I filter for my commitments and responsibilities in both work and my personal life. The first thing I look for is information about the people who are dear to me—their joys, their crises or sorrows. That will stop me in my tracks, and I will want to pay attention and respond, if even with a brief acknowledgement. To me, it’s a kind of presence I want to exhibit. And I pay attention to my passions—social justice issues, theater, writing, music and dance.350

Michael

Michael Kreizenback '87

Political Consultant

That flood will take your life, but your liberal arts may save you. Information technology annihilates time and space, making it necessary to impose basic categories of organization upon the torrent. The people I know who are best at this specialize. This new postindustrial demand for specialization extends beyond work and invades social and family life. I put entire categories of information and certain hours of the day off limits with prejudice. Even when that helps deal with the flood, it can make us appear inappropriately indifferent and impolite. Paradoxically, analog understanding and forgiveness are a necessary remedy.

Michael B

Michael Brisbin '84

Attorney and Partner at Wilson Elser

With the explosion of the Internet, 24/7 news cycle, social media and electronic access to practically any news source, it's difficult to find reliable information that is not sensationalized, slanted or simply wrong. I still receive home delivery from the San Francisco Chronicle five days a week and use it as a base for information. I also have a few go-to websites that I visit daily. I find it is important to be selective about the sources I reference and pick those that are objective, if I want objective analysis… or if slanted, to then understand the slant.

Clifford

Clifford Lee

Assistant Professor, Kalmanovitz School of Education

Regardless of the medium or the sheer amount of information I receive, I continually ask myself the five key questions from The Center for Media Literacy: Who created this message? What techniques are used to gain my attention? How might historically marginalized populations understand this message differently? What lifestyles, values, and points of view are perpetuated or omitted from this message? For what purpose was this message created/sent? Only by conscientiously dissecting the inherent biases in the information we receive, can we genuinely develop the type of democracy we want to achieve.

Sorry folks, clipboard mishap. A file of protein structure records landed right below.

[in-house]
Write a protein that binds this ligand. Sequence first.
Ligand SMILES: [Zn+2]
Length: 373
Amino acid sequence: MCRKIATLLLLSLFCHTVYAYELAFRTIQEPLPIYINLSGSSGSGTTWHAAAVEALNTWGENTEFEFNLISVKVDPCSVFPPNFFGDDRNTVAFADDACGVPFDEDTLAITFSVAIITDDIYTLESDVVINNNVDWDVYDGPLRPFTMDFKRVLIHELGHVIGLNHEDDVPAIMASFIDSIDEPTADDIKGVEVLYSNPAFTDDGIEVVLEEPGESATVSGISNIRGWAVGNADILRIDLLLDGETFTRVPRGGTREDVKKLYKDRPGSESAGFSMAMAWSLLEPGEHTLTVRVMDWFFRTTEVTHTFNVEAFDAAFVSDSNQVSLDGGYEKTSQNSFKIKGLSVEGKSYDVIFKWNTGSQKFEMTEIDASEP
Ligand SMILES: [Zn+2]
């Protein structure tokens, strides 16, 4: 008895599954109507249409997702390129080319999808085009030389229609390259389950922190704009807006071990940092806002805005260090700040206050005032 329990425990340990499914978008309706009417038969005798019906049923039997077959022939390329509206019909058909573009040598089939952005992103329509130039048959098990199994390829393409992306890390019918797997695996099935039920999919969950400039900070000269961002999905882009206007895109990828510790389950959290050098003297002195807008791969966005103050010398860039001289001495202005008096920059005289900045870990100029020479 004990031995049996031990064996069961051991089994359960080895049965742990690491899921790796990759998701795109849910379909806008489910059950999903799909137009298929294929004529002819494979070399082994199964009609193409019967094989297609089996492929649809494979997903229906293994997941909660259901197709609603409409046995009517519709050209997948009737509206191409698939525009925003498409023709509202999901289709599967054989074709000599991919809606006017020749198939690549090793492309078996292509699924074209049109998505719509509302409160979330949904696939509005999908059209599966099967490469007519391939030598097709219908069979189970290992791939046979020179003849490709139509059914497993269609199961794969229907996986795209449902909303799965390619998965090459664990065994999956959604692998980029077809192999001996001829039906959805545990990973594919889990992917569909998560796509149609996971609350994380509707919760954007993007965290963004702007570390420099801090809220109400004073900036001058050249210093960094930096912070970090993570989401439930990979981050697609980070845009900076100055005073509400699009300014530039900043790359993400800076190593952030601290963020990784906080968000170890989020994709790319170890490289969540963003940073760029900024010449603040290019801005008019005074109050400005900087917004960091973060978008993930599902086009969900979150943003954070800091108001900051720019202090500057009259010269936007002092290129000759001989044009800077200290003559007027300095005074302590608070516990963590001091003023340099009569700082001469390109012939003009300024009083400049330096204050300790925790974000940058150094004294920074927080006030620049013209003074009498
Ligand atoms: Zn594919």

Sarah

Sarah Vital

SMC Reference and Instruction Librarian

There’s so much to look at. It’s taken time to find resources I trust. I want to be curious, learn new things, but also not be overwhelmed. I can’t follow or subscribe to everything, so I rely upon a few information aggregators I like. I might watch a magazine’s Twitter feed to decide what articles I want to look at. Then sometimes I tune them out and unsubscribe for a while because it’s just too much. It’s a balance between curiosity, critical thinking and just basic survival. And I don’t know if I have an answer to it all quite yet.

Rebecca

Rebecca Adam Teames '02

Currently in SMC's Teaching Credential Program

Because of my responsibilities as a full-time mom and my commitment to the teaching credential program, I really have to triage what comes my way. I make a conscious choice not to pay attention to information gathering while I’m with my kids during the day. I try not to be distracted by my phone, the computer or the TV. Then when I do have my limited time to do that— after the kids’ bedtime—I want to make sure that I get the cleanest, most efficient and accurate information possible, with the least amount of spin.

Brian

Brian Foley

SMC Interactive Media Specialist

My phone has become my No. 1 go-to for information. I use maybe six apps regularly for news and social media updates. I also have about a dozen podcasts for news, comedy, and sports I listen to while I commute, do chores or walk the dog. I shy away from broadcast news because it can be so depressing sometimes. And every now and again, I feel the need to turn it all off and go on a nice, quiet walk and admire the trees!

Joel

Joel Bahr M.F.A. '13

Marketing Specialist for School of Economics and Business Administration

This is scary to admit, but I manage through Twitter, and it’s a tightrope to walk. When defending it, I’ve called Twitter “my own personal newspaper,” and, you know, it really is. The people and news outlets I follow are tailored specifically to how I see the world. In a very real way, Twitter is giving me exactly the news that I think matters. There are times though when Twitter is an echo chamber, and my inherent follow biases limit my ability to see things in a nuanced way. I sacrifice hearing opinions that are challenging (or more accurate) for comfort.